Developers familiar with Microsoft's desktop Access database solution may be disappointed when first encountering its Windows CE offspring, Pocket Access. Gone is the ability to create custom Access forms, reports, or stored queries; however, this probably shouldn't come as a big surprise, given the slight memory resources of most Windows CEbased mobile devices. Pocket Access files are stored using the .cdb extension and are populated by one or more tables gleaned from a desktop Access database. The ADOCE API provides two methods for transferring data to/from a desktop Access .mdb file from/to the mobile device:
DESKTOPTODEVICE (DesktopLocn, TableList, Sync, Overwrite, DeviceLocn)Specifies the contents of one or more tables to transfer out of the desktop Access .mdb file and into the Pocket Access .cdb file
DEVICETODESKTOP (DesktopLocn, TableList, Sync, Overwrite, DeviceLocn)Specifies the contents of one or more tables to transfer out of the Pocket Access .cdb file and into the desktop Access .mdb file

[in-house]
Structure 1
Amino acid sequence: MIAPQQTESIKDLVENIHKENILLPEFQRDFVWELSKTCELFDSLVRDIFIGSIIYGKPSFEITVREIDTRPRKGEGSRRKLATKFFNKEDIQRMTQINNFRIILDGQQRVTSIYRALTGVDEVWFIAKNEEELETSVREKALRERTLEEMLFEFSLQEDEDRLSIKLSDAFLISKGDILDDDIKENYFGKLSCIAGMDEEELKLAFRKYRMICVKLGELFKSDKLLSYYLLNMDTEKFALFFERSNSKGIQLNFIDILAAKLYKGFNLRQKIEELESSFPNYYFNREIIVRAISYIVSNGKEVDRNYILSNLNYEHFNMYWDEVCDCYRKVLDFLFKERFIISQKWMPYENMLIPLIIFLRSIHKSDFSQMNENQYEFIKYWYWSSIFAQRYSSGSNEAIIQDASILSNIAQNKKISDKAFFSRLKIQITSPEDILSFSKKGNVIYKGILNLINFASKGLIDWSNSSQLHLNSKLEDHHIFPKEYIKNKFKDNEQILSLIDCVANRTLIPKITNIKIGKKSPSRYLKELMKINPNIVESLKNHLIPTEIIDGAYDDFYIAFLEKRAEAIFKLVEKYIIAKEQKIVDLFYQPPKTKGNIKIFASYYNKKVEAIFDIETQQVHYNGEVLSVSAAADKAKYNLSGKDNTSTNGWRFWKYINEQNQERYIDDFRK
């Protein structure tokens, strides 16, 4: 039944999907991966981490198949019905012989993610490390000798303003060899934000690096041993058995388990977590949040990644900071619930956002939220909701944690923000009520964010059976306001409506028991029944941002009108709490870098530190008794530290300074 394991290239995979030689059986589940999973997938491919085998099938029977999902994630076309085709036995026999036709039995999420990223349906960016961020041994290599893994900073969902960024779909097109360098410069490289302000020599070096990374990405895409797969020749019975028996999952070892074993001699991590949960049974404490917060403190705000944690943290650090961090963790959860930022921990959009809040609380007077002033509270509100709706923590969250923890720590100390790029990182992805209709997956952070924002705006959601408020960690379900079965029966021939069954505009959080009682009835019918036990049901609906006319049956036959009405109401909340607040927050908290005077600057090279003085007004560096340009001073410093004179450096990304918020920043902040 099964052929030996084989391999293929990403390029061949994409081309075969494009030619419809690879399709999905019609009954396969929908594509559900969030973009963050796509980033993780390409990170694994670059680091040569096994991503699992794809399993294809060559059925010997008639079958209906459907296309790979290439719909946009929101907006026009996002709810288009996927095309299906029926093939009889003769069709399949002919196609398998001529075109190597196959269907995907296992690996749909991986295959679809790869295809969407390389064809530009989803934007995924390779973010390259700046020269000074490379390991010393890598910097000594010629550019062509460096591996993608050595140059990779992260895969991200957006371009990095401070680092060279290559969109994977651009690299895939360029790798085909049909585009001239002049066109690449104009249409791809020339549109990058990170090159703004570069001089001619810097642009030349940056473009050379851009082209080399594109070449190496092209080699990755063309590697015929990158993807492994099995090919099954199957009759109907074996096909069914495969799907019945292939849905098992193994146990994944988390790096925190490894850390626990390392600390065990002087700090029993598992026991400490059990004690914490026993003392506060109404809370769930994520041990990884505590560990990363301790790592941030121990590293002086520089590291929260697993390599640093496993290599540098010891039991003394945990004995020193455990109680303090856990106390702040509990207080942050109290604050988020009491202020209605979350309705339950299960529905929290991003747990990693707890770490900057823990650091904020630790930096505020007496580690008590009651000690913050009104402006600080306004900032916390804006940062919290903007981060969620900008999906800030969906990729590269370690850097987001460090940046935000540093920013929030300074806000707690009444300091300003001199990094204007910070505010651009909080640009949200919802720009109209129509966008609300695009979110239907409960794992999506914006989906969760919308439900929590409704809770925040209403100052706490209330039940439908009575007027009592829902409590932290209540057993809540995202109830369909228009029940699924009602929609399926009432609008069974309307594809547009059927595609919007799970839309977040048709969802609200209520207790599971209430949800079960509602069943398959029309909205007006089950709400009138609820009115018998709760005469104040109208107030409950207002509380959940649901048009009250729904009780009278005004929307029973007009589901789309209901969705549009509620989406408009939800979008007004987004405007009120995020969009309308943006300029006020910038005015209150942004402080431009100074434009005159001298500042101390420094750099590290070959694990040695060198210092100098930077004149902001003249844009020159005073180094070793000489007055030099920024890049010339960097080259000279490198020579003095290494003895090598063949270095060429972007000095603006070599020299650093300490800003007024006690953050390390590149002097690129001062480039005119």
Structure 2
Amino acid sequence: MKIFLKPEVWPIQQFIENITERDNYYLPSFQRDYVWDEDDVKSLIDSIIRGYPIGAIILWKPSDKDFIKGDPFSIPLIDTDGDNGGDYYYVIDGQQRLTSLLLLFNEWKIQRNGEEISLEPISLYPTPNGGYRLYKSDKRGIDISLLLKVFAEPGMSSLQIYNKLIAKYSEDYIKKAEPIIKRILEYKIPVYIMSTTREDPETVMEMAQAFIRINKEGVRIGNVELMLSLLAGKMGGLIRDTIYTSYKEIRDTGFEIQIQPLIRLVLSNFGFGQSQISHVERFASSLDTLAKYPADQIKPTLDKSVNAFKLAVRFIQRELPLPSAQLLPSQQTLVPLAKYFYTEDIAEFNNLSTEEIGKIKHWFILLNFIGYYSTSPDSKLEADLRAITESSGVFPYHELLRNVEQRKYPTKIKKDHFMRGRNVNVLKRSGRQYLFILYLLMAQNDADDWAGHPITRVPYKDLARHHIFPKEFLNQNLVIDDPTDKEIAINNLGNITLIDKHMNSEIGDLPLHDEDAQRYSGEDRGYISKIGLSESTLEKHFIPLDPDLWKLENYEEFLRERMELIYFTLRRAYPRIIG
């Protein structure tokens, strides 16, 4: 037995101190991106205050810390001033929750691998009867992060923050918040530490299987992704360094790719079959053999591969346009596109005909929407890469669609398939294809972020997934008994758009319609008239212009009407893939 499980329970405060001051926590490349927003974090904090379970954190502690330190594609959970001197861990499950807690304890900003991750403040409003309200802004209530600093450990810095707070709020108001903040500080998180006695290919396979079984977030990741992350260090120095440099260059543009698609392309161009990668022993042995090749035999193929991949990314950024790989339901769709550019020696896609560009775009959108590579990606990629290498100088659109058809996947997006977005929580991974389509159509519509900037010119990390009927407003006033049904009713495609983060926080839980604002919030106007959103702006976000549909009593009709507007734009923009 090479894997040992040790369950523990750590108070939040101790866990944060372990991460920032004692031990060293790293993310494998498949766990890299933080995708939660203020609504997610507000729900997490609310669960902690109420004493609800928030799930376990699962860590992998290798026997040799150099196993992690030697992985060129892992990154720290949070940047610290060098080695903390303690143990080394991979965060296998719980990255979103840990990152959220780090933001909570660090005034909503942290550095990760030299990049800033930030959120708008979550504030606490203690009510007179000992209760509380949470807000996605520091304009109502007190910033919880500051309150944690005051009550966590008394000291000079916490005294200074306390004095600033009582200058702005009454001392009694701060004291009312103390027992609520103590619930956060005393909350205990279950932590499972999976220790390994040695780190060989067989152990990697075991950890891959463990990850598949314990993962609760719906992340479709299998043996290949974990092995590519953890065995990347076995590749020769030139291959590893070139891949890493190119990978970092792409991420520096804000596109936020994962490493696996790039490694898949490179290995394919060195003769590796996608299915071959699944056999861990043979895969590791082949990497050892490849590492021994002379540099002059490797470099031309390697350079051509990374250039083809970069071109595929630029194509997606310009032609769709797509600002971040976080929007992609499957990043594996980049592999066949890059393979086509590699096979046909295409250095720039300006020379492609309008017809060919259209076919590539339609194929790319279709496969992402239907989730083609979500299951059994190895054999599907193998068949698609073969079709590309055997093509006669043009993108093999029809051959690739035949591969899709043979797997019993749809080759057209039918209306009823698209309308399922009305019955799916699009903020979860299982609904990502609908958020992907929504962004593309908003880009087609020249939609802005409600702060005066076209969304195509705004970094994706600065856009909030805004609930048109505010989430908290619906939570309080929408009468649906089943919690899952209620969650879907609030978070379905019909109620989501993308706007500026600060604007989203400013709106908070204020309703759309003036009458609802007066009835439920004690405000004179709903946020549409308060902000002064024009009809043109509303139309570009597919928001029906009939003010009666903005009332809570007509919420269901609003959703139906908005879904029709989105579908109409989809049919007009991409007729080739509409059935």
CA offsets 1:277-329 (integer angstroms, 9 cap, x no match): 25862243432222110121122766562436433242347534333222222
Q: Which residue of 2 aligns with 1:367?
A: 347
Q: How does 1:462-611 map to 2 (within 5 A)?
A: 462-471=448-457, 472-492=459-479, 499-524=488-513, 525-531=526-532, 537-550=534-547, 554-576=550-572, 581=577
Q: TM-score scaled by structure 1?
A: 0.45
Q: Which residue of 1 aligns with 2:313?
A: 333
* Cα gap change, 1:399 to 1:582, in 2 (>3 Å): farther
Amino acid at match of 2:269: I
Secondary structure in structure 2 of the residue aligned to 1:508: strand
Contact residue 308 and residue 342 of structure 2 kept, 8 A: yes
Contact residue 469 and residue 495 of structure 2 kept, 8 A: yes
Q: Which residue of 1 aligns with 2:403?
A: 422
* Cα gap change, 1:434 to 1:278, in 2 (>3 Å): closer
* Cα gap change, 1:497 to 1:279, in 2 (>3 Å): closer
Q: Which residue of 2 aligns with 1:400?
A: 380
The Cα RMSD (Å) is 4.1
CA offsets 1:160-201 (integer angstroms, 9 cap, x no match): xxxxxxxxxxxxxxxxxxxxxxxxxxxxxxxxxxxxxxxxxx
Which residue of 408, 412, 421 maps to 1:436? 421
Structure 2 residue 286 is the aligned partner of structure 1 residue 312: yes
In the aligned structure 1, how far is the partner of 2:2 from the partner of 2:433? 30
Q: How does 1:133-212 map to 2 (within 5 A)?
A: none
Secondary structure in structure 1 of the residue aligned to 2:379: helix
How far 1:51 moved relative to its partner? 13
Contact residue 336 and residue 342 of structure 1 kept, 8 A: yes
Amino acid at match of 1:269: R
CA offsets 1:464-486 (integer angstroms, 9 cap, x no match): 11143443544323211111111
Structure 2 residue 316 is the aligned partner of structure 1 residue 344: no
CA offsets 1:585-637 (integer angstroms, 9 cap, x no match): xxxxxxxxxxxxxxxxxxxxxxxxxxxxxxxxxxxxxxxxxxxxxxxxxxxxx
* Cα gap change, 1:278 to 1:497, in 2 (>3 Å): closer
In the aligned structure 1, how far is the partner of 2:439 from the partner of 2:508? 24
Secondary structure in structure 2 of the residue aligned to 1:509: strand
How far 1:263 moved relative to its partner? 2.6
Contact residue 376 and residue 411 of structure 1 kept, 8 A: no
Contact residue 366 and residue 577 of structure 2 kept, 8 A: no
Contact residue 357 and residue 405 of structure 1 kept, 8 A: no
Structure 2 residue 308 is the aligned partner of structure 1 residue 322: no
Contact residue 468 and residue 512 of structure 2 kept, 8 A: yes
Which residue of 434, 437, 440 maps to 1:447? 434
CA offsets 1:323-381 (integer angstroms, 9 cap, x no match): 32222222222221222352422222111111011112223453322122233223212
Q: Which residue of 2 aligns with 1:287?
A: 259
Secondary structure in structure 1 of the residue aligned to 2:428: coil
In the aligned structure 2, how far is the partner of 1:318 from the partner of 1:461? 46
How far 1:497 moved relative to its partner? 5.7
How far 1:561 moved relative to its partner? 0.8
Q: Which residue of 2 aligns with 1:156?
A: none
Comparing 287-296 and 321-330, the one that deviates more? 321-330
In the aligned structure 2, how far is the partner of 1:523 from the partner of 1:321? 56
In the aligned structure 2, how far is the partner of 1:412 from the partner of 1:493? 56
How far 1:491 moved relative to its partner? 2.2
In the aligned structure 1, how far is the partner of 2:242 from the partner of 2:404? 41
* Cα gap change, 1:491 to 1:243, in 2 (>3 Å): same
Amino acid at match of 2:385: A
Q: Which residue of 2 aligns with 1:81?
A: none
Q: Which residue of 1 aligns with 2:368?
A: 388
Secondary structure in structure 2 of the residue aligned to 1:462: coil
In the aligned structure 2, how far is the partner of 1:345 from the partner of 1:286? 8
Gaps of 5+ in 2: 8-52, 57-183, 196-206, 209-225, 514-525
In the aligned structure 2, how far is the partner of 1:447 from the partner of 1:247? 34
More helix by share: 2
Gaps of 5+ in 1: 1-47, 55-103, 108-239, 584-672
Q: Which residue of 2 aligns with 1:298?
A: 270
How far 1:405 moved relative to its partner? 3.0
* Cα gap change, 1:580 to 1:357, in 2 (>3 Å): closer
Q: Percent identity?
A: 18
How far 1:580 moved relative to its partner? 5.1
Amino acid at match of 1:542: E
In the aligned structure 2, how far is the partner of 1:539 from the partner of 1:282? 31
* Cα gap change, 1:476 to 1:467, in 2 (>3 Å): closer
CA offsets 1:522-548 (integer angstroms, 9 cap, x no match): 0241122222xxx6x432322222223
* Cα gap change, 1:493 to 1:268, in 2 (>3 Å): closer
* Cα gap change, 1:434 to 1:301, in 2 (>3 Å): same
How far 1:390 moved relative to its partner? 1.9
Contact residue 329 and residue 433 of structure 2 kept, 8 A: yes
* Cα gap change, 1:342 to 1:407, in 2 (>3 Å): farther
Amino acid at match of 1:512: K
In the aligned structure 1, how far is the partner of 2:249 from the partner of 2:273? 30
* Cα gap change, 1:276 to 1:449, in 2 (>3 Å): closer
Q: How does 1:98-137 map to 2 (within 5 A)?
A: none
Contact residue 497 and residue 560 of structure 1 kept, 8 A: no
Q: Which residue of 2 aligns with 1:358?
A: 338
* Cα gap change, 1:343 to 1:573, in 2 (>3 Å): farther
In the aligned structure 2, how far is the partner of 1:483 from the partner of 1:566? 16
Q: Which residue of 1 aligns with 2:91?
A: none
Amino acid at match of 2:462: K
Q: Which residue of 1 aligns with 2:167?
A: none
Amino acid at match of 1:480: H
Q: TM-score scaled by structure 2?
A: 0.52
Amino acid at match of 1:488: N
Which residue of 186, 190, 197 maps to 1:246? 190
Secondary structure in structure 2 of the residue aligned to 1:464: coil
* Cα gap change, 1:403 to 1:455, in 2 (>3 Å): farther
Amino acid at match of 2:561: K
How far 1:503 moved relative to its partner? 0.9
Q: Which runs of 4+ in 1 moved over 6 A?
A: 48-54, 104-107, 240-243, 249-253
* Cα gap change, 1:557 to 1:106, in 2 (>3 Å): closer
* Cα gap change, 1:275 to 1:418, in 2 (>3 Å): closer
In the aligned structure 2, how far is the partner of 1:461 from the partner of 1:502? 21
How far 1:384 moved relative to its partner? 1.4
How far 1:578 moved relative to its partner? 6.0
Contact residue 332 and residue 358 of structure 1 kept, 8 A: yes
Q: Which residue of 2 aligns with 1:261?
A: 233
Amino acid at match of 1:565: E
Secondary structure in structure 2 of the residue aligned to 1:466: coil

Because ADOCE (as we will discuss soon) is actually a collection of COM objects, the API can be called from any COM-capable development tool such as eMbedded Visual Basic or eMbedded Visual C++. You can use the API calls listed above to synchronize data, or you can use one of several other options that I'll discuss later. Assuming that you have safely populated your Pocket Access database with data synchronized from a desktop .mdb file, the tables can be queried/updated using standard SQL calls via the ADOCE API. This capability may be enough for simpler applications that are designed for single-user scenarios. Applications that fall into this category might include a mobile golf scorecard, a grocery-list creation program, or a baseball card inventory tool. For applications that require more advanced database capabilities or for those that need to perform custom synchronization tasks, Microsoft recently released SQL Server 2000 Windows CE Edition.